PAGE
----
Freed Saudi billionaire Prince Alwaleed says corruption detention was a 'misunderstanding'

  • Saudi Arabian billionaire businessman Prince Alwaleed bin Talal has been freed after a high-profile detention during a crackdown on corruption, describing his arrest as a "misunderstanding."
  • Speaking to Reuters just ahead of his release Saturday, Alwaleed said that there were no charges against him following his arrest as part of a nationwide crackdown on corruption last November.

Saudi Arabian billionaire businessman Prince Alwaleed bin Talal has been freed after a high-profile detention during a crackdown on corruption, describing his arrest as a "misunderstanding."

Speaking to Reuters just ahead of his release Saturday, Alwaleed said that there were no charges against him following his arrest as part of a nationwide crackdown on corruption last November.

"There are no charges. There are just some discussions between me and the government. Rest assured this is a clean operation that we have and we're just in discussion with the government on various matters that I cannot divulge right now. But rest assured we are at the end of the whole story. And I'm very comfortable because I'm in my country, I'm in my city, so I feel at home. It's no problem at all. Everything's fine," he said.

The interview, given from his suite in the Ritz-Carlton hotel in Riyadh where he and many other of the detainees had been kept for the last two months, was the first that the prince had given since being detained.

$100 billion embezzlement

In the November crackdown, the Saudi government arrested and detained several hundred businessmen, senior officials and Saudi royals like Alwaleed, many within the Ritz-Carlton hotel. Multiple reports, citing anonymous sources, have suggested that detainees handed over assets in order to buy their freedom.

Alwaleed, the billionaire owner of international investment company Kingdom Holding, told Reuters that he had accepted the interview request with the news agency because he was upset by media reports that had suggested he'd been sent to prison and tortured. "All lies. It's very unfortunate," he said.

The crackdown was overseen by Saudi Crown Prince Mohammed bin Salman who is leading a reform drive in the country aimed at diversifying the economy away from oil and reforming Saudi society.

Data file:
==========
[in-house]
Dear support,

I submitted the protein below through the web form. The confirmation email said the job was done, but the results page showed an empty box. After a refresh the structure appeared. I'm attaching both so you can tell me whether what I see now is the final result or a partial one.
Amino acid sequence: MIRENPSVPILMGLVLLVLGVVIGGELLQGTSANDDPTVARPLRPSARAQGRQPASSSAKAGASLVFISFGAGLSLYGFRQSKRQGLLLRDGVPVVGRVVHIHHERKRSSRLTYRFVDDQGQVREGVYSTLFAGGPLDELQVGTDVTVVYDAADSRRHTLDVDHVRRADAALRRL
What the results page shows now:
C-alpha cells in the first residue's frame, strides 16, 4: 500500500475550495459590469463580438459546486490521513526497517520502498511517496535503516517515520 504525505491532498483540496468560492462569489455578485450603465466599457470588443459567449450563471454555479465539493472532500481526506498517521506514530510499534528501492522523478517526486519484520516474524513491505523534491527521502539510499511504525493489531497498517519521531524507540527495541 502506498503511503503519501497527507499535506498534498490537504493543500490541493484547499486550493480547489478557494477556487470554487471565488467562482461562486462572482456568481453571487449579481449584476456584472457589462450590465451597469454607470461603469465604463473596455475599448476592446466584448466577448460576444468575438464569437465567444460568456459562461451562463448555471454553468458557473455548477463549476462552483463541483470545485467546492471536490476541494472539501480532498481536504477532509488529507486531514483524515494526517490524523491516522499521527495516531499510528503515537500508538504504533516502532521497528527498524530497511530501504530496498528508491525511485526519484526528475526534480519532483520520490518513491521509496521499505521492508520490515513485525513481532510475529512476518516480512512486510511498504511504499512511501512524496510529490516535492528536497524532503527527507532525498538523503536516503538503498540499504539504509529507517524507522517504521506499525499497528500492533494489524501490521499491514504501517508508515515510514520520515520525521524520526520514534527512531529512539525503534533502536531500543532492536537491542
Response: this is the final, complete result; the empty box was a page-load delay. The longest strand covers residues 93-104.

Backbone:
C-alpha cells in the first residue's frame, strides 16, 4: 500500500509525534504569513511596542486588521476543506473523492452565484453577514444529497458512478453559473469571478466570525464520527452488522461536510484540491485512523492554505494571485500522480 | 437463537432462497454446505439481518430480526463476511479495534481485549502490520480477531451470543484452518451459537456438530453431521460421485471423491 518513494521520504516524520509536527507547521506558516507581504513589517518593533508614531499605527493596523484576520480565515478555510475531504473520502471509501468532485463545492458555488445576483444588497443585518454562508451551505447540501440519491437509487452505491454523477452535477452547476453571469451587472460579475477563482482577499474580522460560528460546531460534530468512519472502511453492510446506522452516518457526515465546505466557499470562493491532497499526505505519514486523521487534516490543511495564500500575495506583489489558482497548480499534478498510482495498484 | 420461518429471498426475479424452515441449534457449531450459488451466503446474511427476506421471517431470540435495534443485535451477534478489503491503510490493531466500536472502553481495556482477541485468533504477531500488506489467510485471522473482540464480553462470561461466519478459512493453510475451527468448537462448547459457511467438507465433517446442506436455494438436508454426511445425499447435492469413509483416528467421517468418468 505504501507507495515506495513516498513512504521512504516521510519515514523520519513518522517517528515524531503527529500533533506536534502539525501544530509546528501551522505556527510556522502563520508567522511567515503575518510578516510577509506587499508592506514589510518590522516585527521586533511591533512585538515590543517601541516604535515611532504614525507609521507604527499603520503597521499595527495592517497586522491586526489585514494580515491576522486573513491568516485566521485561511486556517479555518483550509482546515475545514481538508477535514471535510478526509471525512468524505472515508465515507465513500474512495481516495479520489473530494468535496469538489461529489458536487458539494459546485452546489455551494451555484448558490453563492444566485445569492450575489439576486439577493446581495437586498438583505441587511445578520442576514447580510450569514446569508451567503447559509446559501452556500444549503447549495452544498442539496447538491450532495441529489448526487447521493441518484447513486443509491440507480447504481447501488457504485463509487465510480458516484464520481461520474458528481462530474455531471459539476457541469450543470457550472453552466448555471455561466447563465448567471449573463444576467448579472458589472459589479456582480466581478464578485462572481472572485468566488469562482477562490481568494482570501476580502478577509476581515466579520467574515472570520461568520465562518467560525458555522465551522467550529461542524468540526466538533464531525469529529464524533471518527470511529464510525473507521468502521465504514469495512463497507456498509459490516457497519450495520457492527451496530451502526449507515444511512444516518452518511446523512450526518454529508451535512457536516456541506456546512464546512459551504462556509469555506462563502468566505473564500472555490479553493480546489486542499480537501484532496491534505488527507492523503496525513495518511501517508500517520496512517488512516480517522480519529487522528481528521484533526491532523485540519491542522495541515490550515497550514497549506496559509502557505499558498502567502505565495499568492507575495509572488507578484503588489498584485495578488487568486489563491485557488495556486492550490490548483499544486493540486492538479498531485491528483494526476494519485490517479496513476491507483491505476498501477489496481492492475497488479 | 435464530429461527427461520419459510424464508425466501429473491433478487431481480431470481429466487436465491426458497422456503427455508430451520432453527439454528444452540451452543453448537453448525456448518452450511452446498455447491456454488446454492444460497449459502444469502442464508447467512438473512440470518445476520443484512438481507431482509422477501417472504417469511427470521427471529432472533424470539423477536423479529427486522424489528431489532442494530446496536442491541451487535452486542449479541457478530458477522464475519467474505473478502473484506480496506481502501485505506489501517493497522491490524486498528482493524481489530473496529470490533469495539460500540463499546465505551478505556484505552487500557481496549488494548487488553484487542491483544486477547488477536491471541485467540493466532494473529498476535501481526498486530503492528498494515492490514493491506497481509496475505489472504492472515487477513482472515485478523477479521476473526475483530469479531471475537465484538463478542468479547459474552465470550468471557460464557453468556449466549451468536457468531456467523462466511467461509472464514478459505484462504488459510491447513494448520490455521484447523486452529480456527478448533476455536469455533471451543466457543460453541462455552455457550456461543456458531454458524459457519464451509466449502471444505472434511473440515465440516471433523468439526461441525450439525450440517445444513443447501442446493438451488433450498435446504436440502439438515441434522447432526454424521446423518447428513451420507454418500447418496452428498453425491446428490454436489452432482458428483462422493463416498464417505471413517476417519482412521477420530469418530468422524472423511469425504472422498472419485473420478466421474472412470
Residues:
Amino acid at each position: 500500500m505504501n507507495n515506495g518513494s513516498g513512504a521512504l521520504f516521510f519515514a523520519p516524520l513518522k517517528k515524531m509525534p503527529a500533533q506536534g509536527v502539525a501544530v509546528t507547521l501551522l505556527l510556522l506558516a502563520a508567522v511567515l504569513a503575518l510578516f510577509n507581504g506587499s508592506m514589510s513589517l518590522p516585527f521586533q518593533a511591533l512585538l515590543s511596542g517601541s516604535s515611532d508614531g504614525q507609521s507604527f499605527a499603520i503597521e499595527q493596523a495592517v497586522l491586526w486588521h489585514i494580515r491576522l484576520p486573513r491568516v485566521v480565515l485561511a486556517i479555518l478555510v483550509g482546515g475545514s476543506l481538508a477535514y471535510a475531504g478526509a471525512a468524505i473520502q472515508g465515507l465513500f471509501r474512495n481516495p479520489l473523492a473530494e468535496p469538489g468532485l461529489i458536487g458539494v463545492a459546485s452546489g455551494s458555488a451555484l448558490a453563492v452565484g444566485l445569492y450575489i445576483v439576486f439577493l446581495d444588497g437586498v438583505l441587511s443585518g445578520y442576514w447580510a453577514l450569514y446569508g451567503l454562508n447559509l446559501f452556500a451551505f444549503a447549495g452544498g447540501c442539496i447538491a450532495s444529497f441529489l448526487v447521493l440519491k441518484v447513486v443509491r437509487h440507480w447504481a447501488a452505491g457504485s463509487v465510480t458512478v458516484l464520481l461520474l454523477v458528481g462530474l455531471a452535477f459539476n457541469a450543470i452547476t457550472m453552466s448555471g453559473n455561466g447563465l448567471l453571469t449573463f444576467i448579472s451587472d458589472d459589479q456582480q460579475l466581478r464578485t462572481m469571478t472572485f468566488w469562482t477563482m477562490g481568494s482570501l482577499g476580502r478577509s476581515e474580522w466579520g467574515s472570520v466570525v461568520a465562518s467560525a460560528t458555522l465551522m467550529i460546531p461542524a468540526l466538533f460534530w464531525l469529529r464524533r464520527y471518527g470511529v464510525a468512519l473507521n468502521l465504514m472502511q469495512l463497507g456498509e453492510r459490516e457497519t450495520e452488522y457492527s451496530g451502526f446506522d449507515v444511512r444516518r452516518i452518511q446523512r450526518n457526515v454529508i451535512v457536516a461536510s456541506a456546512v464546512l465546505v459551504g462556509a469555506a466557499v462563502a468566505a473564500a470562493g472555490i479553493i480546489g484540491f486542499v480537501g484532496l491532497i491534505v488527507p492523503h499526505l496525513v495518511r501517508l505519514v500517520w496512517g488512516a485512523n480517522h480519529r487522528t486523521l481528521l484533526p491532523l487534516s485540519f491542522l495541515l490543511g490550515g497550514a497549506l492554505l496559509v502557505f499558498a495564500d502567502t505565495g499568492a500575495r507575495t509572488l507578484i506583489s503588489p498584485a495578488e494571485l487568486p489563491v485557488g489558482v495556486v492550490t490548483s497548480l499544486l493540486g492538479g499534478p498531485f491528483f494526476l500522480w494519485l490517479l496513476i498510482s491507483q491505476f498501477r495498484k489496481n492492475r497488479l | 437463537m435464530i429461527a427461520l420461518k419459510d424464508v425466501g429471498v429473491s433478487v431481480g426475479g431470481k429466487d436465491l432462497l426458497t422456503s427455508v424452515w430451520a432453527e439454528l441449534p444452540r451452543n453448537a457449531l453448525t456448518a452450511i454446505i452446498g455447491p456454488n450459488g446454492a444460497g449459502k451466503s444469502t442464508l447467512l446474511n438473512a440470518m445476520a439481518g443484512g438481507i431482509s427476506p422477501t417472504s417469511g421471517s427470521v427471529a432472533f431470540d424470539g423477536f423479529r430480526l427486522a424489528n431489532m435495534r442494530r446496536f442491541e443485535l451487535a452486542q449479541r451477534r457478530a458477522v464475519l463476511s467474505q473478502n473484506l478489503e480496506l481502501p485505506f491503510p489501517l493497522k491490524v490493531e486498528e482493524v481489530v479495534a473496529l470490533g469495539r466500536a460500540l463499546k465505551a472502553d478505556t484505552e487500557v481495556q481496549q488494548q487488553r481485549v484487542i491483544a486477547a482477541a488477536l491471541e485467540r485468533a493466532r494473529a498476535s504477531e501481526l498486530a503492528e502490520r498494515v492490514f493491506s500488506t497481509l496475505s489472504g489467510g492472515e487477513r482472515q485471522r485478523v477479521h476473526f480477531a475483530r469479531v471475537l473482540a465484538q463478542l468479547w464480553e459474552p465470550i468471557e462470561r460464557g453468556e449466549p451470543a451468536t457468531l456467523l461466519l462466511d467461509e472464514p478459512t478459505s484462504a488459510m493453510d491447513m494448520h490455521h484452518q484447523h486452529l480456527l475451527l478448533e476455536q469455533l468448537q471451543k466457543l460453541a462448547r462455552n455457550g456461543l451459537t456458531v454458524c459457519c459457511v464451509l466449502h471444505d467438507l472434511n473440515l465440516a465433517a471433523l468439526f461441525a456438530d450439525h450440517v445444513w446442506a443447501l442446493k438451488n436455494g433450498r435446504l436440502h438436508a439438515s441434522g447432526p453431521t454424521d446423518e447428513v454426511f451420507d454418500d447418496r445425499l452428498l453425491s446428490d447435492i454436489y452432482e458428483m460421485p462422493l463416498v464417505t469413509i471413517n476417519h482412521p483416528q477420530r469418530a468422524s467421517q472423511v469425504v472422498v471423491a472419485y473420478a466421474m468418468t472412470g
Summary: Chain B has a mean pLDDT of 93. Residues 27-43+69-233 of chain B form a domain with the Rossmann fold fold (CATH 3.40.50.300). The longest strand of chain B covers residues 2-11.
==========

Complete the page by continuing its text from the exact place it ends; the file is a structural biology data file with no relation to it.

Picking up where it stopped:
Saudi's Attorney General said in November that the government estimated that "at least $100 billion has been misused through systematic corruption and embezzlement over several decades" and said 208 individuals had been arrested as part of the crackdown, with seven released without charge.

Speaking to CNBC at the World Economic Forum (WEF) in Davos, Saudi Finance Minister Mohammed Al-Jadaan was asked whether the government had recovered any of the $100 billion.

"Did we recover $100 billion? I can't comment on that. Did we recover some of that? Yes. And I have said it previously, we are using some of it. And by the way these are very smart people and they don't leave cash in their bank accounts. We are unlikely to recover cash in a significant amount in the short term … We have recovered some cash and we are using it to finance the recent allowances (to state employees) that were announced by the King earlier this month."

Unknown financial settlement

Asked what kind of financial settlement was being discussed to ensure his release, Alwaleed told Reuters that there was "not necessarily" a settlement but added that he couldn't divulge any information as to the terms of his release. However, he said that a Bloomberg report that the government wanted a "big percentage of Kingdom Holding and would like to get $6 billion" was false.

Shares of the Riyadh-listed company jumped to its 10 percent daily limit in an unusually active session on Sunday. Alwaleed told Reuters the company would remain under his ownership and that no assets would be transferred to the state.

Asked what the accusations had been against him, Alwaleed gave a broad answer.

"Look, I'm a high-profile person: nationally, regionally and internationally, correct? I'm involved in so many projects. I have nothing to hide at all. I'm so comfortable, I'm so relaxed. I shave here, like at home … All the discussions are in general terms. I told the government I'd stay as much as they want, because I want the truth to come out on all my dealings and on all things that are around me."

Asked which dealings the government had said were inappropriate, Alwaleed said: "There is nothing to do with inappropriate or appropriate. Everything was appropriate."